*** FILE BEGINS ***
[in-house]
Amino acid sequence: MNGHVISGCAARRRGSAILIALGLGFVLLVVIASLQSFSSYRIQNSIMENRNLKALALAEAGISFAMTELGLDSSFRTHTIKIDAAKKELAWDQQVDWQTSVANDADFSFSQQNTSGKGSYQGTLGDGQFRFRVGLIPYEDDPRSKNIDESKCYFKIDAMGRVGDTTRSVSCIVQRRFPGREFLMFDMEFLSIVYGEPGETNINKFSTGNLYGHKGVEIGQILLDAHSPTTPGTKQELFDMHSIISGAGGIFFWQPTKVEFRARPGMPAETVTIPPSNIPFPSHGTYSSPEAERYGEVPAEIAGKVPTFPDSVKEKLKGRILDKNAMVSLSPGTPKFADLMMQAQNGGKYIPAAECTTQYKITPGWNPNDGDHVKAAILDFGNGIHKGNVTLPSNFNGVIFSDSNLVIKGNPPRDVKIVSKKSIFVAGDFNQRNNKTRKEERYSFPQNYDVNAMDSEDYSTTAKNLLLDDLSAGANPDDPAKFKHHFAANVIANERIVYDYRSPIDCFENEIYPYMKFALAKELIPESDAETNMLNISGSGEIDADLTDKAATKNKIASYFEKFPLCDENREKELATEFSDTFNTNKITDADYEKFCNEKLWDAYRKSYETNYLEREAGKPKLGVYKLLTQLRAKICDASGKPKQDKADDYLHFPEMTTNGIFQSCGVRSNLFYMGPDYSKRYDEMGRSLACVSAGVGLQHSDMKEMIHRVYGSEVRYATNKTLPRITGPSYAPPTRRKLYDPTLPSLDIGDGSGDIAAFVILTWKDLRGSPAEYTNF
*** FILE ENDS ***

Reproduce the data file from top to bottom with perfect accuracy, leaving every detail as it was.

[in-house]
Amino acid sequence: MNGHVISGCAARRRGSAILIALGLGFVLLVVIASLQSFSSYRIQNSIMENRNLKALALAEAGISFAMTELGLDSSFRTHTIKIDAAKKELAWDQQVDWQTSVANDADFSFSQQNTSGKGSYQGTLGDGQFRFRVGLIPYEDDPRSKNIDESKCYFKIDAMGRVGDTTRSVSCIVQRRFPGREFLMFDMEFLSIVYGEPGETNINKFSTGNLYGHKGVEIGQILLDAHSPTTPGTKQELFDMHSIISGAGGIFFWQPTKVEFRARPGMPAETVTIPPSNIPFPSHGTYSSPEAERYGEVPAEIAGKVPTFPDSVKEKLKGRILDKNAMVSLSPGTPKFADLMMQAQNGGKYIPAAECTTQYKITPGWNPNDGDHVKAAILDFGNGIHKGNVTLPSNFNGVIFSDSNLVIKGNPPRDVKIVSKKSIFVAGDFNQRNNKTRKEERYSFPQNYDVNAMDSEDYSTTAKNLLLDDLSAGANPDDPAKFKHHFAANVIANERIVYDYRSPIDCFENEIYPYMKFALAKELIPESDAETNMLNISGSGEIDADLTDKAATKNKIASYFEKFPLCDENREKELATEFSDTFNTNKITDADYEKFCNEKLWDAYRKSYETNYLEREAGKPKLGVYKLLTQLRAKICDASGKPKQDKADDYLHFPEMTTNGIFQSCGVRSNLFYMGPDYSKRYDEMGRSLACVSAGVGLQHSDMKEMIHRVYGSEVRYATNKTLPRITGPSYAPPTRRKLYDPTLPSLDIGDGSGDIAAFVILTWKDLRGSPAEYTNF